So far as the argument of the petitioners based on the principles enshrined in Article 21 of the Constitution of India is concerned, there cannot be any quarrel or dispute that it is the duty of the State to ensure the right to life to every citizen and right to life would mean right to live with dignity. However, argument based on the judgement of Hon'ble Apex Court in the case of Gian Kaur Versus State of Punjab (Supra) is misplaced, since the argument of petitioners to the effect that the Tobacco Act, 2003 permits limited restriction of sale to use of tobacco or mandates has been found to be untenable.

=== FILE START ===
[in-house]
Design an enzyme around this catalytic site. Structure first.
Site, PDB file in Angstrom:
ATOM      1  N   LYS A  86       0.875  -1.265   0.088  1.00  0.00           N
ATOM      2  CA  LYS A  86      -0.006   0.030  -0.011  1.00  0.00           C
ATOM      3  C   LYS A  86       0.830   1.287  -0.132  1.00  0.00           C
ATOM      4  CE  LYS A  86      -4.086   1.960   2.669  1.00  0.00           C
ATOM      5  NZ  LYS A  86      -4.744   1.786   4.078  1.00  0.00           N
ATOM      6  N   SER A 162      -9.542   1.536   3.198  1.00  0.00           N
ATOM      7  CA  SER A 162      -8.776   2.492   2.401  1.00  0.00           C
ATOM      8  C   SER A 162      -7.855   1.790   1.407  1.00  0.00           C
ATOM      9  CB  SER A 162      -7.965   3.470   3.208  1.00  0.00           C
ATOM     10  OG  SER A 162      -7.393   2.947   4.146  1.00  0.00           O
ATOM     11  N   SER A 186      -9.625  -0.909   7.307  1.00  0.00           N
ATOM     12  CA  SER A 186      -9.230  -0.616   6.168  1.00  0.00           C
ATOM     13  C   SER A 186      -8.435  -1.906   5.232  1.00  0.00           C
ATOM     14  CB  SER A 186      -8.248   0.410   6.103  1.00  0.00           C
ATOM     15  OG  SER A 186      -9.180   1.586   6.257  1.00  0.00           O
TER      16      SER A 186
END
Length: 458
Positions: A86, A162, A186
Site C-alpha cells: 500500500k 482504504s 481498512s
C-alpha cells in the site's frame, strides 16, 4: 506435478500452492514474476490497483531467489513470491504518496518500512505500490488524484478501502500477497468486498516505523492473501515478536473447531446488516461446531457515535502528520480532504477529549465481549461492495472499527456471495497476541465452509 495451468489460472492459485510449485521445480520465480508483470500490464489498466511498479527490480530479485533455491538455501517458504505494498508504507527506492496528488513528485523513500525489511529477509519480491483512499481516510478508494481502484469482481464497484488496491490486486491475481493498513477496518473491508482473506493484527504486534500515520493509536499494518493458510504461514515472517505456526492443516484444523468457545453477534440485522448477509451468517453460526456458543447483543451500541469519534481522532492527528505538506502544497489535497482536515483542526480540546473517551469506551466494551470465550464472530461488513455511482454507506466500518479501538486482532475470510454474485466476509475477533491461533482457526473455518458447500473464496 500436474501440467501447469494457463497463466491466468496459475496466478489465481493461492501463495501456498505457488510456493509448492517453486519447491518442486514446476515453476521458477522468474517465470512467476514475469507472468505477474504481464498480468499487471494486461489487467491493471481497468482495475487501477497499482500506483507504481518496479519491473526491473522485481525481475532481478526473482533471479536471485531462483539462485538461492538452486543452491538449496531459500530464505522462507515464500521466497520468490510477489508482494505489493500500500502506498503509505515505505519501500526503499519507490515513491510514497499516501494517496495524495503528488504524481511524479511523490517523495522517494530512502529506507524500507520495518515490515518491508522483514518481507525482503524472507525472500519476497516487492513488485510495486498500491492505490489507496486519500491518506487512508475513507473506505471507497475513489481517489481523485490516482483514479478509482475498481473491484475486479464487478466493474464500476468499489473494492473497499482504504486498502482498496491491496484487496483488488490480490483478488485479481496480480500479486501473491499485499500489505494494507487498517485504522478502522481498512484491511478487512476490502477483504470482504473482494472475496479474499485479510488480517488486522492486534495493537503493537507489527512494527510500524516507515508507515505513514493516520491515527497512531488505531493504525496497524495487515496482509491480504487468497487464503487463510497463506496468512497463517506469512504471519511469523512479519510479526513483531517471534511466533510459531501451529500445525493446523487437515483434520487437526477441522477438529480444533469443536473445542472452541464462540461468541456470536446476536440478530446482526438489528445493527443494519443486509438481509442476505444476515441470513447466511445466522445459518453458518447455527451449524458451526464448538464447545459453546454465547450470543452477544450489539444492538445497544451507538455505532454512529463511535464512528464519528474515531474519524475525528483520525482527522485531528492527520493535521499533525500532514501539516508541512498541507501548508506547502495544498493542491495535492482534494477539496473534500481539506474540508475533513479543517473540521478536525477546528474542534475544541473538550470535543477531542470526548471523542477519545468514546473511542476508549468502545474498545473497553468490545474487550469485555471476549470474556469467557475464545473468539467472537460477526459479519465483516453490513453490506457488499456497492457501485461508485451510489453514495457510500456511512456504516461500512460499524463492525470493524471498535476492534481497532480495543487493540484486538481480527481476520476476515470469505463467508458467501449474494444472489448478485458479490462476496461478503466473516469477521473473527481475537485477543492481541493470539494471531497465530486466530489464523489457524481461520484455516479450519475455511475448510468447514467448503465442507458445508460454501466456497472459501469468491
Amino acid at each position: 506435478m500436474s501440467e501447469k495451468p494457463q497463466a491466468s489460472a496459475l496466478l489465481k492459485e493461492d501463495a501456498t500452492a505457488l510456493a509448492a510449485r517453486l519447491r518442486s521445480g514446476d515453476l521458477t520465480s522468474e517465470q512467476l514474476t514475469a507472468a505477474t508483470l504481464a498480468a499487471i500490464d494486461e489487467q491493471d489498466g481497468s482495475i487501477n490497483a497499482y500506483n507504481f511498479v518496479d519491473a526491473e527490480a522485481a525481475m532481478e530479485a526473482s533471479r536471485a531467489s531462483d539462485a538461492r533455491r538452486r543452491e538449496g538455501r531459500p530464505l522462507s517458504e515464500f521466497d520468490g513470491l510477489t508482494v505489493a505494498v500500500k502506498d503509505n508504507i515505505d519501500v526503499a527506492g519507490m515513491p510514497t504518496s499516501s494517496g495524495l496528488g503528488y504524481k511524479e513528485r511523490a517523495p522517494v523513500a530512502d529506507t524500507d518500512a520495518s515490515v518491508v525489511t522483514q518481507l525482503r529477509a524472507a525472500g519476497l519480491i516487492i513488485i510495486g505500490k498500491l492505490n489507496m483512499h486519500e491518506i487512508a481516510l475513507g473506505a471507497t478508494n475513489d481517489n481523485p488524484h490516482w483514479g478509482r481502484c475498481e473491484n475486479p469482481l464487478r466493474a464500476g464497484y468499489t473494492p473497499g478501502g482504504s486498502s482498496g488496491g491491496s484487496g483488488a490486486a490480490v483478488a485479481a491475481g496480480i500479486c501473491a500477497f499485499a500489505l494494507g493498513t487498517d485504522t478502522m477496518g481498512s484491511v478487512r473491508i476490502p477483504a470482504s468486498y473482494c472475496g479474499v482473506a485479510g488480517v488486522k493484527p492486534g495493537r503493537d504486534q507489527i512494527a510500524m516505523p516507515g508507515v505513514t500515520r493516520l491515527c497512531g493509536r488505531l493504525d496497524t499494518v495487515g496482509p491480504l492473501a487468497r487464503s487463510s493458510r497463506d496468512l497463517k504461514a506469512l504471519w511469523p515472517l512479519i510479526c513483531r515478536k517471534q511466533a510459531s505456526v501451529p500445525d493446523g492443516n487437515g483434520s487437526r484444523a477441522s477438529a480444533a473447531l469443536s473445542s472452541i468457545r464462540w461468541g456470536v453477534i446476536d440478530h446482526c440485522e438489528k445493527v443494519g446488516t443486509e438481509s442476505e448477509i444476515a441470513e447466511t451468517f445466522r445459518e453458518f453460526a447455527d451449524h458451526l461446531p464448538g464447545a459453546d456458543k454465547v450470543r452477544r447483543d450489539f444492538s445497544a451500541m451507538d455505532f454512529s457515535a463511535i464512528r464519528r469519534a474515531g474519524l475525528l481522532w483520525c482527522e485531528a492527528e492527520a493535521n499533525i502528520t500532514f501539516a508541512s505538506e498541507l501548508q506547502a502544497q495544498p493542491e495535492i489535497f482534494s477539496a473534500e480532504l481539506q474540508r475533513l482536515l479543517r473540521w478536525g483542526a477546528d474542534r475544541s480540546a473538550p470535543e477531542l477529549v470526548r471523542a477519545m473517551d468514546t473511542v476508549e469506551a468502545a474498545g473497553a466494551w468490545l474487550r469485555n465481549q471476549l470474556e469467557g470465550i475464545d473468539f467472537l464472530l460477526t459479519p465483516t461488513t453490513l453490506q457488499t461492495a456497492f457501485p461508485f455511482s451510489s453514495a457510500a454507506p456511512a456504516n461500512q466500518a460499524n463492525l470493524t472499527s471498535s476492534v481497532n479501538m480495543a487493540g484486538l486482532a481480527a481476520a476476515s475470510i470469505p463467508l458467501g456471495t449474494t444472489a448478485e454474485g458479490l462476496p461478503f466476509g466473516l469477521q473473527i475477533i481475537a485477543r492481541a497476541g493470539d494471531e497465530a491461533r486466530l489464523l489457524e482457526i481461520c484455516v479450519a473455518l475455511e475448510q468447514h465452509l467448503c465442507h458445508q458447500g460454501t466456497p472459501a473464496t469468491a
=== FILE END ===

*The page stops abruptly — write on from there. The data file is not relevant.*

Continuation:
In view of above discussion, the writ petition fails and is hereby dismissed.
Before parting with the case, we may, however, observe that the State and its authorities are required to take certain extra measures other than the measures prescribed in the Tobacco Act, 2003 for saving millions of peoples from suffering and the hazards and ill effects of use and sale etc. of tobacco and tobacco products.
Order Date :- March 31, 2014